For example, Marks & Spencer’s recently launched mobile app includes a QR code reader that allows customers to access additional content, from product reviews to suggested food-to-order menus, by scanning codes on in-store signage.

Kiosks have also moved on. For retailers such as Tesco and Argos they are used as stock finders and range extenders but other retailers use them to allow customers greater interactivity with products. M&S’s Style Online, for example, allows customers to browse, build and order outfits via in-store touchscreen ordering points or an iPad-armed style adviser. “The new technology provides a more inspirational shopping experience and helps bring a wider product offer to smaller stores too,” says a spokesman.

Customer inspiration

Makeover tools are also popular way in providing inspiration to customers. Homebase’s Create your Own Look tool – available online and in its Aylesford store – lets customers upload pictures of their rooms and virtually try out paint, flooring, tiles and wallpaper.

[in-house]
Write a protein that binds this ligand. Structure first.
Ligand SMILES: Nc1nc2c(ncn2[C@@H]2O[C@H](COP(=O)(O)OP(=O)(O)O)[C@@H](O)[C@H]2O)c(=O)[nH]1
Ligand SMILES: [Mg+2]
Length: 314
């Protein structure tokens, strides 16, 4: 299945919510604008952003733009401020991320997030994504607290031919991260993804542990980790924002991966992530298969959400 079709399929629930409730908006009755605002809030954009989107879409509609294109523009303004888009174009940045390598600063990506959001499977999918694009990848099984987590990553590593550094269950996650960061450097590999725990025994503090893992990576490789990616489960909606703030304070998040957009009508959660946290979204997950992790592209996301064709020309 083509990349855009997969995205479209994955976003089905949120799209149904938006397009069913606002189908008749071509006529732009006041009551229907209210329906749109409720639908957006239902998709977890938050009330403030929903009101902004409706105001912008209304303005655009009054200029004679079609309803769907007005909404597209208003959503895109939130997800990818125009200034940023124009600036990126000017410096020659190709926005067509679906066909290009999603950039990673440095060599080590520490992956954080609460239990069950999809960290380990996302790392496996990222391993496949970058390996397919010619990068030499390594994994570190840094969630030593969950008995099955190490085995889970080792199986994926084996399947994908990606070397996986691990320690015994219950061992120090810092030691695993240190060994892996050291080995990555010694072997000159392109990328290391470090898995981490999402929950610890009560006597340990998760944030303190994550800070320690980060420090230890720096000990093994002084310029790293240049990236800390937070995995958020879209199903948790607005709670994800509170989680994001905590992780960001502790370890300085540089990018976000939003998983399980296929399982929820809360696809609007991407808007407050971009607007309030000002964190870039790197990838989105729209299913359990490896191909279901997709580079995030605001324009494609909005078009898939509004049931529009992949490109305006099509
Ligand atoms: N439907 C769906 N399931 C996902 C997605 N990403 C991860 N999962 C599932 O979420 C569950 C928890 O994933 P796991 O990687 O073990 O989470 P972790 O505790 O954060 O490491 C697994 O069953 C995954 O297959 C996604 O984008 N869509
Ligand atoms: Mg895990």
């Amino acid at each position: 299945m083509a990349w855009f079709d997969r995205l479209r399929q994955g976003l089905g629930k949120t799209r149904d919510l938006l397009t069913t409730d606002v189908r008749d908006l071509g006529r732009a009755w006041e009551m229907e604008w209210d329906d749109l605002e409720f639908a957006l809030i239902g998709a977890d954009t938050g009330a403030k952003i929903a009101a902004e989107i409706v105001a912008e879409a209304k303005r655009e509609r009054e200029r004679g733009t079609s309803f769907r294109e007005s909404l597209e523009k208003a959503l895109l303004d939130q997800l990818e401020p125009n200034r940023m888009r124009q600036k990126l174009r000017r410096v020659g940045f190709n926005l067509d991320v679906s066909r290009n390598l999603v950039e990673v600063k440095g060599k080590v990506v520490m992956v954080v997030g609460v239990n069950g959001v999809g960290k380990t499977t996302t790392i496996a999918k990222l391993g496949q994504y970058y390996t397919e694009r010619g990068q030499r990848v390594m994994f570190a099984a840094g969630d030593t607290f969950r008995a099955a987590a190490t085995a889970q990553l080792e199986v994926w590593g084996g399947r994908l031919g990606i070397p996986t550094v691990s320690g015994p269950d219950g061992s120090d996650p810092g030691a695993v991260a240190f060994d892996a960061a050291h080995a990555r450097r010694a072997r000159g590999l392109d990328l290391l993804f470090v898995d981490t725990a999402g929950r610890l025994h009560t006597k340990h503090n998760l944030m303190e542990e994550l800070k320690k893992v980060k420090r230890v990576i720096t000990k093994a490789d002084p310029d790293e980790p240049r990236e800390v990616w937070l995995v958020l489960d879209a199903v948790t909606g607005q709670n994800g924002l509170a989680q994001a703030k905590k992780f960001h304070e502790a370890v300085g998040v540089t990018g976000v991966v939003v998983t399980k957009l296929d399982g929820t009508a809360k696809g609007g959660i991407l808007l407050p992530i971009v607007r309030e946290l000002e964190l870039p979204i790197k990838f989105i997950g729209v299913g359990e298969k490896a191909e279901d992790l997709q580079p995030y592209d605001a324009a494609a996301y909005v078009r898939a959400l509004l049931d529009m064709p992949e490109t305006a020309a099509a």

Nails Inc’s in-store touchscreen in Harvey Nichols in London takes such functionality one step further. As well as ‘try it on’ technology that allows customers to visualise applied nail polish, customers can create a personalised polish that can be produced and gift-boxed in half an hour. “With the revamp of Nail Inc’s ecommerce website, we wanted to bring the offline and online worlds closer,” says Helen McCall, account director at Tangent Snowball, which designed the system.